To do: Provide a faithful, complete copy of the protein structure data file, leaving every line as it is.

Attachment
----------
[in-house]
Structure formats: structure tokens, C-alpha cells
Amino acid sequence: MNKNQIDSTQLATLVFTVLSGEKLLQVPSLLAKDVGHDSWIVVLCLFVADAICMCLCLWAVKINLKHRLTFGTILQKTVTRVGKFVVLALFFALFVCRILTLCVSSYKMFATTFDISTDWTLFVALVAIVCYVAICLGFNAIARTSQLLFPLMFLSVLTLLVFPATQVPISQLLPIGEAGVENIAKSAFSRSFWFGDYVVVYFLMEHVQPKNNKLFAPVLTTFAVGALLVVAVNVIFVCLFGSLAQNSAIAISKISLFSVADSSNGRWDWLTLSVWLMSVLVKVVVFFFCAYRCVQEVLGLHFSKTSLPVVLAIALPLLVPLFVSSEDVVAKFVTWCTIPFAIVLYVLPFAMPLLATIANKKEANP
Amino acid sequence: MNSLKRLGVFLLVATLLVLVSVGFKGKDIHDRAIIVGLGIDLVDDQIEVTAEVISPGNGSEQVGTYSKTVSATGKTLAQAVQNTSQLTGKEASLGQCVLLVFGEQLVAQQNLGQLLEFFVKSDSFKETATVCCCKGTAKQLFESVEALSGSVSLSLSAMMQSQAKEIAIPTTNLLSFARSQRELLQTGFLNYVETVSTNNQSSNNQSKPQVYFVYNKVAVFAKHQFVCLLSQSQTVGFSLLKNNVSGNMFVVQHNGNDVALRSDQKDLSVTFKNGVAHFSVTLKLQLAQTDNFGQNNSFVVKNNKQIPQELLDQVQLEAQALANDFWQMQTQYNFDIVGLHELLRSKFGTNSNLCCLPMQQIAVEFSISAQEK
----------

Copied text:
[in-house]
Structure formats: structure tokens, C-alpha cells
Amino acid sequence: MNKNQIDSTQLATLVFTVLSGEKLLQVPSLLAKDVGHDSWIVVLCLFVADAICMCLCLWAVKINLKHRLTFGTILQKTVTRVGKFVVLALFFALFVCRILTLCVSSYKMFATTFDISTDWTLFVALVAIVCYVAICLGFNAIARTSQLLFPLMFLSVLTLLVFPATQVPISQLLPIGEAGVENIAKSAFSRSFWFGDYVVVYFLMEHVQPKNNKLFAPVLTTFAVGALLVVAVNVIFVCLFGSLAQNSAIAISKISLFSVADSSNGRWDWLTLSVWLMSVLVKVVVFFFCAYRCVQEVLGLHFSKTSLPVVLAIALPLLVPLFVSSEDVVAKFVTWCTIPFAIVLYVLPFAMPLLATIANKKEANP
Amino acid sequence: MNSLKRLGVFLLVATLLVLVSVGFKGKDIHDRAIIVGLGIDLVDDQIEVTAEVISPGNGSEQVGTYSKTVSATGKTLAQAVQNTSQLTGKEASLGQCVLLVFGEQLVAQQNLGQLLEFFVKSDSFKETATVCCCKGTAKQLFESVEALSGSVSLSLSAMMQSQAKEIAIPTTNLLSFARSQRELLQTGFLNYVETVSTNNQSSNNQSKPQVYFVYNKVAVFAKHQFVCLLSQSQTVGFSLLKNNVSGNMFVVQHNGNDVALRSDQKDLSVTFKNGVAHFSVTLKLQLAQTDNFGQNNSFVVKNNKQIPQELLDQVQLEAQALANDFWQMQTQYNFDIVGLHELLRSKFGTNSNLCCLPMQQIAVEFSISAQEK